Invective flew Wednesday as legislators questioned Facebook’s Mark Zuckerberg, Amazon’s Jeff Bezos, Sundar Pichai of Google and Tim Cook of Apple at a hearing of the House Judiciary subcommittee on antitrust. For the last year, that panel has probed the business practices of the Silicon Valley giants with an eye to determining if they need to be regulated more heavily, or even broken up.
The powerful executives sought to defend their companies amid intense grilling by lawmakers on Wednesday. The executives provided bursts of data showing how competitive their markets are, and the value of their innovation and essential services to consumers. But they sometimes struggled to answer pointed questions about their business practices. They also confronted a range of other concerns about alleged political bias, their effect on U.S. democracy and their role in China.
Sen. James Inhofe (R-Okla.) has reportedly put a hold on the renomination of Republican FCC commissioner Michael O’Rielly over the senator’s opposition to the FCC’s decision to approve Ligado’s use of satellite spectrum for terrestrial broadband.
On Wednesday, Amazon CEO Jeff Bezos, Facebook’s Mark Zuckerberg, Google’s Sundar Pichai and Tim Cook of Apple will answer for their companies’ practices before Congress for the first time as a group. Summoned for a House hearing, they’ll raise a hand (remotely) and swear to tell the truth, in the manner of tycoons of Wall Street or the tobacco industry in earlier high-octane televised shamings.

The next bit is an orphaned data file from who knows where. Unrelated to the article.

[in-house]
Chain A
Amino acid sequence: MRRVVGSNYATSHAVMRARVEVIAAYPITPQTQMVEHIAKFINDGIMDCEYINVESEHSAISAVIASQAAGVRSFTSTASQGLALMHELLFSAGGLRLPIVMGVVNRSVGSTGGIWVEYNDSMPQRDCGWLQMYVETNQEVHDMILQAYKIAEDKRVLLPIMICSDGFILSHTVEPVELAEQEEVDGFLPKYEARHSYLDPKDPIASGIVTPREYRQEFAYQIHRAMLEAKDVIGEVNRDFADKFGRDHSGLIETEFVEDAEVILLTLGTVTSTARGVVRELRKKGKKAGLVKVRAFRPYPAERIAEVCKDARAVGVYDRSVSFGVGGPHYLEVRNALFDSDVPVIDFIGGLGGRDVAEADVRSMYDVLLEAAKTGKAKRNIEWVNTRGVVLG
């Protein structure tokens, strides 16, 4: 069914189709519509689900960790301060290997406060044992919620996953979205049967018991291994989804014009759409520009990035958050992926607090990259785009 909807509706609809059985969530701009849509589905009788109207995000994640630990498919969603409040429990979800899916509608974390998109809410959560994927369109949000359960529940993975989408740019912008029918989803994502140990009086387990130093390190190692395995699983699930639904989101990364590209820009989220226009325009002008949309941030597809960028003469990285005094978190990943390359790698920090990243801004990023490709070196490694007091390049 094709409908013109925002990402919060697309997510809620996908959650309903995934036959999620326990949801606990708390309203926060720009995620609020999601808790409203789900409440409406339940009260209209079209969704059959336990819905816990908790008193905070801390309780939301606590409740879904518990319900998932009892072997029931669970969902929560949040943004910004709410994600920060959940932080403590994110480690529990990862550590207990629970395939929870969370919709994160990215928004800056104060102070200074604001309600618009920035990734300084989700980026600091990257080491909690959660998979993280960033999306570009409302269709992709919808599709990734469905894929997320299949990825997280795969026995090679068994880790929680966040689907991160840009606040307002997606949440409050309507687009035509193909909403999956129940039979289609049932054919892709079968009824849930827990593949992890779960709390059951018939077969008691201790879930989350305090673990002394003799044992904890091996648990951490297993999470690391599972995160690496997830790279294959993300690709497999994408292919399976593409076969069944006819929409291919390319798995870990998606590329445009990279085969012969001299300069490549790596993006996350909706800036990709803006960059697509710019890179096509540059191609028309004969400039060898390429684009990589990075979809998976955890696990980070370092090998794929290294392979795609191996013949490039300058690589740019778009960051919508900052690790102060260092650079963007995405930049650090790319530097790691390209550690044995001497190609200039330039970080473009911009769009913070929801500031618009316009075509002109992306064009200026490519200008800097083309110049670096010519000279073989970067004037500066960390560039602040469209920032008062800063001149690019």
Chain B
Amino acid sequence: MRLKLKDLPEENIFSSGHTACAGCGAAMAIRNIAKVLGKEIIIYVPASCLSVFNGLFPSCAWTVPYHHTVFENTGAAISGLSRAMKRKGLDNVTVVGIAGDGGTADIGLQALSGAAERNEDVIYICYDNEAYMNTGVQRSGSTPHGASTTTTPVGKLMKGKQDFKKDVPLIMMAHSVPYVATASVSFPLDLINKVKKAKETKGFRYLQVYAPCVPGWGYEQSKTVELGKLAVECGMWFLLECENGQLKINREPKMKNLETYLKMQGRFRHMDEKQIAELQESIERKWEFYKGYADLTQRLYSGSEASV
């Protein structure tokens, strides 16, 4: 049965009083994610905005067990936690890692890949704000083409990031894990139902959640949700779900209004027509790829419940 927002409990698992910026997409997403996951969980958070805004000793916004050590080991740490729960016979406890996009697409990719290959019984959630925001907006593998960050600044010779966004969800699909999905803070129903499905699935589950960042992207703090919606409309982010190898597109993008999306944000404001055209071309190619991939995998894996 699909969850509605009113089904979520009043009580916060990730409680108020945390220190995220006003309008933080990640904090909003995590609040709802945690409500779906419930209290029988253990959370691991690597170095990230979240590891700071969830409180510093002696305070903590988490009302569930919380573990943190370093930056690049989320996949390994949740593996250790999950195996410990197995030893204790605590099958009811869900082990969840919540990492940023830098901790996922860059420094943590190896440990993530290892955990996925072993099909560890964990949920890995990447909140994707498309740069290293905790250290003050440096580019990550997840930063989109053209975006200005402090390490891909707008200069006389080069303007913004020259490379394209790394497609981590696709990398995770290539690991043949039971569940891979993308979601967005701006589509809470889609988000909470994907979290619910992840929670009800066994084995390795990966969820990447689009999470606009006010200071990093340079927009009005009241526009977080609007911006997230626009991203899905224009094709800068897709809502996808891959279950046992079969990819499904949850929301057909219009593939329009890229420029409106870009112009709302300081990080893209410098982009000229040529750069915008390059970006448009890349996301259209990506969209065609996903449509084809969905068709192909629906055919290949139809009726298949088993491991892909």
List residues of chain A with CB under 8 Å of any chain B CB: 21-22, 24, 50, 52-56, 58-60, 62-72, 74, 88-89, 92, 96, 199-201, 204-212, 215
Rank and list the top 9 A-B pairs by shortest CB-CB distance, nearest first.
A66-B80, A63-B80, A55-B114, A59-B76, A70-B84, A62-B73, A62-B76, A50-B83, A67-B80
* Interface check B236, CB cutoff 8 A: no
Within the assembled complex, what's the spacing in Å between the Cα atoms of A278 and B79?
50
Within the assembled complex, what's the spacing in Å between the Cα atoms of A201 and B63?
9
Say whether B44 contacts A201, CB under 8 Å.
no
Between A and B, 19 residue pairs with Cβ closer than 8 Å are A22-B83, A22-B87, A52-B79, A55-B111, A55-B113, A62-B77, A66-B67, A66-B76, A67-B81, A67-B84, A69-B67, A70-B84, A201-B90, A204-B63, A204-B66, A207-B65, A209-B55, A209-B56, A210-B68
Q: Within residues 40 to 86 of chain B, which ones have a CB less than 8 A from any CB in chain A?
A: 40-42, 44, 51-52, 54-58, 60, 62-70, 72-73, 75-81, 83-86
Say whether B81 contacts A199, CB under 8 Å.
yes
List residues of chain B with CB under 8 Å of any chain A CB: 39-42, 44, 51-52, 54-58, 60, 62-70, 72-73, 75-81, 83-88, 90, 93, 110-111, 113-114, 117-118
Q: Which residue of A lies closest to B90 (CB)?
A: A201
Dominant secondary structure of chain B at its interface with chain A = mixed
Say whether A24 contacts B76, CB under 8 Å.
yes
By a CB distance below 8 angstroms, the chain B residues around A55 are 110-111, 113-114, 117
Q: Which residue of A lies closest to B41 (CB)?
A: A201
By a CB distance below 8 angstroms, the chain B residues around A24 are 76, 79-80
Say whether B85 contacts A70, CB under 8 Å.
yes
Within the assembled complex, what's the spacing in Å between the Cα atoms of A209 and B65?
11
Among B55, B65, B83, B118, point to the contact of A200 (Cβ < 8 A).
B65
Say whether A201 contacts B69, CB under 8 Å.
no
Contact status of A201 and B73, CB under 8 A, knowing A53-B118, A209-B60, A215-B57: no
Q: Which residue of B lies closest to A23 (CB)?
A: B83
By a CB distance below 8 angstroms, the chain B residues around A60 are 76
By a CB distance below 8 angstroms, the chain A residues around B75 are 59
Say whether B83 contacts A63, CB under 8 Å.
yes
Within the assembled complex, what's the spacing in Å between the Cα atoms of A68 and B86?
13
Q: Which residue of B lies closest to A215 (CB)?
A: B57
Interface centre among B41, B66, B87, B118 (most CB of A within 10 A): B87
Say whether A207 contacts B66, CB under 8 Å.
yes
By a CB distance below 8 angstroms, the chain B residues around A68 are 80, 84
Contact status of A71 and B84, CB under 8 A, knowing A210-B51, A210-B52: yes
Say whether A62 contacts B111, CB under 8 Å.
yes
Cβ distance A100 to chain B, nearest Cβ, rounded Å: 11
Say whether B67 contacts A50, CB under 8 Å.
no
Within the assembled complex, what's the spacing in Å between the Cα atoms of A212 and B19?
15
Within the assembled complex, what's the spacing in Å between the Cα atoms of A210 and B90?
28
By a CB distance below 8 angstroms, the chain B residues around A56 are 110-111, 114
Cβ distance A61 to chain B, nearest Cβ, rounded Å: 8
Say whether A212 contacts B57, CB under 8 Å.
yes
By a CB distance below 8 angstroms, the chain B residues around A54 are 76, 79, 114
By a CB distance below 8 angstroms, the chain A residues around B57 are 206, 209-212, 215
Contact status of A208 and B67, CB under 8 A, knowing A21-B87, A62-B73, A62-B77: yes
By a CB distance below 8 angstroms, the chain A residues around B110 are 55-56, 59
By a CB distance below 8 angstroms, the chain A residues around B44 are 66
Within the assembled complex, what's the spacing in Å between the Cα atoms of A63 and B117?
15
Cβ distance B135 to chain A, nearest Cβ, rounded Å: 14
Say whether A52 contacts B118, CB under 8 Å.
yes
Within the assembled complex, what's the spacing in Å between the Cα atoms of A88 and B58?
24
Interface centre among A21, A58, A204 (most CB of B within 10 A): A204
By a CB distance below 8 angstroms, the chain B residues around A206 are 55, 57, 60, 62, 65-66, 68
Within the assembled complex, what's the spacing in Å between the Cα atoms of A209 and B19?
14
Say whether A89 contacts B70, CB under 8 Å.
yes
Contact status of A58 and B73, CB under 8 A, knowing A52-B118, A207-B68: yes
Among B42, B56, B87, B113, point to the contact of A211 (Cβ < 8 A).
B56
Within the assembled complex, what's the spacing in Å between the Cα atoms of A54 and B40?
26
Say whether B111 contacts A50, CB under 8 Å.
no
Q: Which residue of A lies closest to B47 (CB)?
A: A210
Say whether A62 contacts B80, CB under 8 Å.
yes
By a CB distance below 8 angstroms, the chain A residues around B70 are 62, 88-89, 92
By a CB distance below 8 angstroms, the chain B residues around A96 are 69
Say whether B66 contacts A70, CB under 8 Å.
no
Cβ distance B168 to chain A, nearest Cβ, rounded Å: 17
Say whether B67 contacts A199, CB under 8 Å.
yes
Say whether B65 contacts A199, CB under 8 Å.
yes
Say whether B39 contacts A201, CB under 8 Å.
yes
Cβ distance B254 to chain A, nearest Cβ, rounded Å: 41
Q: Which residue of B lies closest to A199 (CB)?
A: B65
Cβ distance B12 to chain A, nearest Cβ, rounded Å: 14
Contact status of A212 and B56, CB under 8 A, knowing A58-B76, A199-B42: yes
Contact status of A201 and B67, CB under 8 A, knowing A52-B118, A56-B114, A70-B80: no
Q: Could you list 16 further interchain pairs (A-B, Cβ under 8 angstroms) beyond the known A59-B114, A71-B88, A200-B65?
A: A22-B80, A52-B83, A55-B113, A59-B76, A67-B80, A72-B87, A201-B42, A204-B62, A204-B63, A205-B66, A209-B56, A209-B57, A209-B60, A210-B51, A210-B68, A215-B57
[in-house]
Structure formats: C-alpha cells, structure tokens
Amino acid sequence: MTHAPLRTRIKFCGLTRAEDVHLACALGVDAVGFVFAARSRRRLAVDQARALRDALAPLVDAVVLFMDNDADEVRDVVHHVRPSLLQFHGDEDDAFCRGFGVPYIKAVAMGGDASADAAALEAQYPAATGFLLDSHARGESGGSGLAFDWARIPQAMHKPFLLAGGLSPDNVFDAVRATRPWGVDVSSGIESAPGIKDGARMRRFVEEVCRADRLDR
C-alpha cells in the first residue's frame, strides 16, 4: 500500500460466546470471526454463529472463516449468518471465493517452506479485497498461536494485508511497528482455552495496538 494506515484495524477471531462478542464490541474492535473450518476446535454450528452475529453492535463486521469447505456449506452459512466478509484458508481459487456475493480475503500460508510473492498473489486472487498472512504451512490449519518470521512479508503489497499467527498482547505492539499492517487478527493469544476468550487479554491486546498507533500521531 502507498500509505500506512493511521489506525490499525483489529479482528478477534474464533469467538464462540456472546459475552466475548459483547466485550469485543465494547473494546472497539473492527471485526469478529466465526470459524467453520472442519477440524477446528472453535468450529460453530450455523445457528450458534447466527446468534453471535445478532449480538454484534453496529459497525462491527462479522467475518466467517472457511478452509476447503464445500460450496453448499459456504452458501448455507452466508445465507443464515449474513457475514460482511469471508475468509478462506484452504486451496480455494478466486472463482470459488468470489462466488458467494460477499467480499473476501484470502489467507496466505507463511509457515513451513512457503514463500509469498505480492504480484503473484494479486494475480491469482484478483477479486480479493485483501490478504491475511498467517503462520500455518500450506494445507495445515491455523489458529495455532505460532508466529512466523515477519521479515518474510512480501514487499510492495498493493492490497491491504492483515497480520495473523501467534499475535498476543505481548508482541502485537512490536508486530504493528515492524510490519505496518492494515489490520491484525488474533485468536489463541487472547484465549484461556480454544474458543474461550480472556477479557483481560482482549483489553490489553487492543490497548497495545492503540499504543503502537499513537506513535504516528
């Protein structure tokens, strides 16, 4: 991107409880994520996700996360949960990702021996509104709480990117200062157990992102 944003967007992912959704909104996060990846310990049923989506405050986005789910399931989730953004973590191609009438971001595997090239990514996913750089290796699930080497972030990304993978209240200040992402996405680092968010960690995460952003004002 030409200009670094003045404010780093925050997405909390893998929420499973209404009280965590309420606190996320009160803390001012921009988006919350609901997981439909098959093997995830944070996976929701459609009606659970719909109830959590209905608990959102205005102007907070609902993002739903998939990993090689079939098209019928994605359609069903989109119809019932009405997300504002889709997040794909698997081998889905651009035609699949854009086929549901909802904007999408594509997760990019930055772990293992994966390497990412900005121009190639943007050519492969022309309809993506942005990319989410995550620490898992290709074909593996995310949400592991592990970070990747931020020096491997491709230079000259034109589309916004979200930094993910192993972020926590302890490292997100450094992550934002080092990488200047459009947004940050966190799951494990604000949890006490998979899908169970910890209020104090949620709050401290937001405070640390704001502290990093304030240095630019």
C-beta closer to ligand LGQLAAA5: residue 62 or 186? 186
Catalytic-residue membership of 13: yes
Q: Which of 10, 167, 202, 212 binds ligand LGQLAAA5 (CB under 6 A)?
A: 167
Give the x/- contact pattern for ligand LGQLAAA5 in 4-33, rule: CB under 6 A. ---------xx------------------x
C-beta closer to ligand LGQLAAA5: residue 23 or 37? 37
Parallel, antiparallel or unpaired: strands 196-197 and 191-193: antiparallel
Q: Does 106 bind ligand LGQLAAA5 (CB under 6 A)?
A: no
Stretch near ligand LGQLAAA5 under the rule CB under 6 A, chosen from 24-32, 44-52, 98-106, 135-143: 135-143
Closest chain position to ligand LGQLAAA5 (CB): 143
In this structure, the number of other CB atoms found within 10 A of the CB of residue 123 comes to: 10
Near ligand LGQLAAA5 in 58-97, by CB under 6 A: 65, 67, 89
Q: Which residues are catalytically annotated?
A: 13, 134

While we are approaching the end of summer in this most unusual year, the regulatory dates keep coming, though perhaps a bit slower than at other times of the year. One of the big dates that broadcasters should be looking for is the announcement of the annual regulatory fees that will likely be paid sometime in September.
Congress will have to wait a little longer to grill Mark Zuckerberg and other top tech CEOs about their companies’ apparent market dominance. Originally scheduled for Monday, the House Judiciary Antitrust Subcommittee has decided to postpone the hearing so that members of Congress can recognize the memory of Rep. John Lewis who is lying in state at the U.S. Capitol from Monday through Wednesday.
U.S. District Judge Michael H. Simon issued an order last Thursday barring federal officers — for at least 14 days, to allow for further legal action — from requiring journalists and legal observers to “disperse”; from threatening or targeting them violently; or from forcing them to move to remote locations, even when officers are justified in ordering demonstrators to leave a particular area or using force.
A former “Melrose Place” actress who has already served a sentence for a fatal drunken driving crash could go back to prison. The complicated legal history of the case against Amy Locane includes three sentences imposed by two judges, as well as numerous appeals. It stems from a crash in March 2010 that killed Helene […]
The nomination of Republican FCC commissioner Michael O’Rielly for a new, five-year, term on the FCC has been favorably reported out of the Senate Commerce Committee and now moves to the full Senate for a vote.
The News Media for Open Government Coalition is renewing its call for passage of a bill to protect journalists. The Journalist Protection Act, which was introduced in a previous Congress, would “make it a federal crime to intentionally cause bodily injury or threaten a journalist in a manner designed to intimidate him or her from gathering or reporting the news.”
Brad Kinkade, an assistant Polk County attorney, told Judge Christopher Kemp that because Des Moines Register reporter Andrea Sahouri had only been charged with misdemeanors, the case was considered a low-priority and wasn’t worth the time needed to provide evidence the defense has requested.